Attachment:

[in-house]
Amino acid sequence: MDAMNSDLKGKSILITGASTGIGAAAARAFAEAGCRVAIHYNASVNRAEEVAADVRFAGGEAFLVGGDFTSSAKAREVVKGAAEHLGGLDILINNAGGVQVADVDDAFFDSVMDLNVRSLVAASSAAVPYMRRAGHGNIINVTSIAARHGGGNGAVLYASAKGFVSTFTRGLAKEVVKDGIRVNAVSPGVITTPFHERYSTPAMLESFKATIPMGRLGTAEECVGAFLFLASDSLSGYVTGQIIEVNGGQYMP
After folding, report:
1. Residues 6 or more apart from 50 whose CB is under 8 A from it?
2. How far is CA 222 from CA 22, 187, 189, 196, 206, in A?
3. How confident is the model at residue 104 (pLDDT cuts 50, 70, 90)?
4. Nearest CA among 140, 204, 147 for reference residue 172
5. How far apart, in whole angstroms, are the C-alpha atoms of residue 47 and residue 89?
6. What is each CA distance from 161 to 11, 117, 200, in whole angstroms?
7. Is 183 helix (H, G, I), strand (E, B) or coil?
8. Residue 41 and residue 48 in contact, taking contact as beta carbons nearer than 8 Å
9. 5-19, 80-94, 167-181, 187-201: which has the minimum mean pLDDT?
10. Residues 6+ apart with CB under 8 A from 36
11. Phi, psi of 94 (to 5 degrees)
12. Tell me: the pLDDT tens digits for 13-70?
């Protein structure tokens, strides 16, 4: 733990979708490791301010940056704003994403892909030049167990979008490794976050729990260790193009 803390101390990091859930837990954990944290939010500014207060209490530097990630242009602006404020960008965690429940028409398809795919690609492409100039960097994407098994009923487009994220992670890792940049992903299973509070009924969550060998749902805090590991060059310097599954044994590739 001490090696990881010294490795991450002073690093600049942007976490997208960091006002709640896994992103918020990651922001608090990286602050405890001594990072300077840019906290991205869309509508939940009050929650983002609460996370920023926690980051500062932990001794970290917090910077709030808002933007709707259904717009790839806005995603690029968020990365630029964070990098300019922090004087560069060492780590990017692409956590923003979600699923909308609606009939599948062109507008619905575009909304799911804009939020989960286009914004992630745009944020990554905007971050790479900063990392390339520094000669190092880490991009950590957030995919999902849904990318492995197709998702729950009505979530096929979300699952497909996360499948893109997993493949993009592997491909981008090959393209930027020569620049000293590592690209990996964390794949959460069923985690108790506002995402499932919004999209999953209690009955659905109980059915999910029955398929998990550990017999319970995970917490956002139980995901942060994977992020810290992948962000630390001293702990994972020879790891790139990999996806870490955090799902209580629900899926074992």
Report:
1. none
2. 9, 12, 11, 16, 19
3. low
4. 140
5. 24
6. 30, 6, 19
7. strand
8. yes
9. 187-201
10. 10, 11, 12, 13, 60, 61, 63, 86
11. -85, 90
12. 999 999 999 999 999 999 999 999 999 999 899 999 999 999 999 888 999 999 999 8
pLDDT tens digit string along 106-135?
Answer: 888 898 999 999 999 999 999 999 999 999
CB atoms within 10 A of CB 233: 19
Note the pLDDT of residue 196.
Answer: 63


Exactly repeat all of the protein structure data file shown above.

[in-house]
Amino acid sequence: MDAMNSDLKGKSILITGASTGIGAAAARAFAEAGCRVAIHYNASVNRAEEVAADVRFAGGEAFLVGGDFTSSAKAREVVKGAAEHLGGLDILINNAGGVQVADVDDAFFDSVMDLNVRSLVAASSAAVPYMRRAGHGNIINVTSIAARHGGGNGAVLYASAKGFVSTFTRGLAKEVVKDGIRVNAVSPGVITTPFHERYSTPAMLESFKATIPMGRLGTAEECVGAFLFLASDSLSGYVTGQIIEVNGGQYMP
After folding, report:
1. Residues 6 or more apart from 50 whose CB is under 8 A from it?
2. How far is CA 222 from CA 22, 187, 189, 196, 206, in A?
3. How confident is the model at residue 104 (pLDDT cuts 50, 70, 90)?
4. Nearest CA among 140, 204, 147 for reference residue 172
5. How far apart, in whole angstroms, are the C-alpha atoms of residue 47 and residue 89?
6. What is each CA distance from 161 to 11, 117, 200, in whole angstroms?
7. Is 183 helix (H, G, I), strand (E, B) or coil?
8. Residue 41 and residue 48 in contact, taking contact as beta carbons nearer than 8 Å
9. 5-19, 80-94, 167-181, 187-201: which has the minimum mean pLDDT?
10. Residues 6+ apart with CB under 8 A from 36
11. Phi, psi of 94 (to 5 degrees)
12. Tell me: the pLDDT tens digits for 13-70?
């Protein structure tokens, strides 16, 4: 733990979708490791301010940056704003994403892909030049167990979008490794976050729990260790193009 803390101390990091859930837990954990944290939010500014207060209490530097990630242009602006404020960008965690429940028409398809795919690609492409100039960097994407098994009923487009994220992670890792940049992903299973509070009924969550060998749902805090590991060059310097599954044994590739 001490090696990881010294490795991450002073690093600049942007976490997208960091006002709640896994992103918020990651922001608090990286602050405890001594990072300077840019906290991205869309509508939940009050929650983002609460996370920023926690980051500062932990001794970290917090910077709030808002933007709707259904717009790839806005995603690029968020990365630029964070990098300019922090004087560069060492780590990017692409956590923003979600699923909308609606009939599948062109507008619905575009909304799911804009939020989960286009914004992630745009944020990554905007971050790479900063990392390339520094000669190092880490991009950590957030995919999902849904990318492995197709998702729950009505979530096929979300699952497909996360499948893109997993493949993009592997491909981008090959393209930027020569620049000293590592690209990996964390794949959460069923985690108790506002995402499932919004999209999953209690009955659905109980059915999910029955398929998990550990017999319970995970917490956002139980995901942060994977992020810290992948962000630390001293702990994972020879790891790139990999996806870490955090799902209580629900899926074992």
Report:
1. none
2. 9, 12, 11, 16, 19
3. low
4. 140
5. 24
6. 30, 6, 19
7. strand
8. yes
9. 187-201
10. 10, 11, 12, 13, 60, 61, 63, 86
11. -85, 90
12. 999 999 999 999 999 999 999 999 999 999 899 999 999 999 999 888 999 999 999 8
pLDDT tens digit string along 106-135?
Answer: 888 898 999 999 999 999 999 999 999 999
CB atoms within 10 A of CB 233: 19
Note the pLDDT of residue 196.
Answer: 63